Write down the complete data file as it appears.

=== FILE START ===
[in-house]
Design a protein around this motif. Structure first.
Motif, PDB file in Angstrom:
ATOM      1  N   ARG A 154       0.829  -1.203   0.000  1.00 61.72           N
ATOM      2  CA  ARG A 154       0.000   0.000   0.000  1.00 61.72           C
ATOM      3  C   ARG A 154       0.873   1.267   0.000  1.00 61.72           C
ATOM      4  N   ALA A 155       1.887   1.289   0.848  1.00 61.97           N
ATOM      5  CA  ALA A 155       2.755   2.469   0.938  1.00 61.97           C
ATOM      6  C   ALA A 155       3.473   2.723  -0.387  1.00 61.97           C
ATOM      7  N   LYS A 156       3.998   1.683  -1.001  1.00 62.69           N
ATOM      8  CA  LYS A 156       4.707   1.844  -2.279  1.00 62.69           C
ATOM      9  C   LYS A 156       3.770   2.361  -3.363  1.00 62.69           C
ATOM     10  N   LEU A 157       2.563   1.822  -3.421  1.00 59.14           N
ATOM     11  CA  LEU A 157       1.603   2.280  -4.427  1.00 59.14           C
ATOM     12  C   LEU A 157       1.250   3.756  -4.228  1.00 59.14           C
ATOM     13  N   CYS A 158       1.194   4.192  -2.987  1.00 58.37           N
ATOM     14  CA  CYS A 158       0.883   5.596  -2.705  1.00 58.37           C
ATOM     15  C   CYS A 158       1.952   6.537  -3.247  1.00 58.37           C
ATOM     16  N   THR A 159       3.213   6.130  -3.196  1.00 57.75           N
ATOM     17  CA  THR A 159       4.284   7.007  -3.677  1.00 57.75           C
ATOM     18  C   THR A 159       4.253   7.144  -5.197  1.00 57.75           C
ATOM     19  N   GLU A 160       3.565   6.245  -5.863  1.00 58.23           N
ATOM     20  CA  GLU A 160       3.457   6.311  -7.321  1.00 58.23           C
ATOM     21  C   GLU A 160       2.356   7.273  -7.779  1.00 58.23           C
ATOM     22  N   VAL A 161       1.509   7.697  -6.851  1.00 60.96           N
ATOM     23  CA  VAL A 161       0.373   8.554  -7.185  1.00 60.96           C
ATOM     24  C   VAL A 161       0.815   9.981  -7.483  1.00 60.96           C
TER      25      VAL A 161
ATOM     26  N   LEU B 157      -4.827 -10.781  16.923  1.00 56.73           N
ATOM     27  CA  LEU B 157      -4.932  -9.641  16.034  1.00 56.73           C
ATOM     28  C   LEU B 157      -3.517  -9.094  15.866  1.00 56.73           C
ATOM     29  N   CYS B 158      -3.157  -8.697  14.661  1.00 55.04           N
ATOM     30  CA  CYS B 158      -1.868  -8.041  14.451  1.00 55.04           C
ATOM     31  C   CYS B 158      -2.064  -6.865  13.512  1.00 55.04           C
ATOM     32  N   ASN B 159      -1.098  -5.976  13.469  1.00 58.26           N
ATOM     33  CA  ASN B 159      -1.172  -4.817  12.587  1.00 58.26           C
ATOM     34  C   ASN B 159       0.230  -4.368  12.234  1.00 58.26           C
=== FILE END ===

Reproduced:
[in-house]
Design a protein around this motif. Structure first.
Motif, PDB file in Angstrom:
ATOM      1  N   ARG A 154       0.829  -1.203   0.000  1.00 61.72           N
ATOM      2  CA  ARG A 154       0.000   0.000   0.000  1.00 61.72           C
ATOM      3  C   ARG A 154       0.873   1.267   0.000  1.00 61.72           C
ATOM      4  N   ALA A 155       1.887   1.289   0.848  1.00 61.97           N
ATOM      5  CA  ALA A 155       2.755   2.469   0.938  1.00 61.97           C
ATOM      6  C   ALA A 155       3.473   2.723  -0.387  1.00 61.97           C
ATOM      7  N   LYS A 156       3.998   1.683  -1.001  1.00 62.69           N
ATOM      8  CA  LYS A 156       4.707   1.844  -2.279  1.00 62.69           C
ATOM      9  C   LYS A 156       3.770   2.361  -3.363  1.00 62.69           C
ATOM     10  N   LEU A 157       2.563   1.822  -3.421  1.00 59.14           N
ATOM     11  CA  LEU A 157       1.603   2.280  -4.427  1.00 59.14           C
ATOM     12  C   LEU A 157       1.250   3.756  -4.228  1.00 59.14           C
ATOM     13  N   CYS A 158       1.194   4.192  -2.987  1.00 58.37           N
ATOM     14  CA  CYS A 158       0.883   5.596  -2.705  1.00 58.37           C
ATOM     15  C   CYS A 158       1.952   6.537  -3.247  1.00 58.37           C
ATOM     16  N   THR A 159       3.213   6.130  -3.196  1.00 57.75           N
ATOM     17  CA  THR A 159       4.284   7.007  -3.677  1.00 57.75           C
ATOM     18  C   THR A 159       4.253   7.144  -5.197  1.00 57.75           C
ATOM     19  N   GLU A 160       3.565   6.245  -5.863  1.00 58.23           N
ATOM     20  CA  GLU A 160       3.457   6.311  -7.321  1.00 58.23           C
ATOM     21  C   GLU A 160       2.356   7.273  -7.779  1.00 58.23           C
ATOM     22  N   VAL A 161       1.509   7.697  -6.851  1.00 60.96           N
ATOM     23  CA  VAL A 161       0.373   8.554  -7.185  1.00 60.96           C
ATOM     24  C   VAL A 161       0.815   9.981  -7.483  1.00 60.96           C
TER      25      VAL A 161
ATOM     26  N   LEU B 157      -4.827 -10.781  16.923  1.00 56.73           N
ATOM     27  CA  LEU B 157      -4.932  -9.641  16.034  1.00 56.73           C
ATOM     28  C   LEU B 157      -3.517  -9.094  15.866  1.00 56.73           C
ATOM     29  N   CYS B 158      -3.157  -8.697  14.661  1.00 55.04           N
ATOM     30  CA  CYS B 158      -1.868  -8.041  14.451  1.00 55.04           C
ATOM     31  C   CYS B 158      -2.064  -6.865  13.512  1.00 55.04           C
ATOM     32  N   ASN B 159      -1.098  -5.976  13.469  1.00 58.26           N
ATOM     33  CA  ASN B 159      -1.172  -4.817  12.587  1.00 58.26           C
ATOM     34  C   ASN B 159       0.230  -4.368  12.234  1.00 58.26           C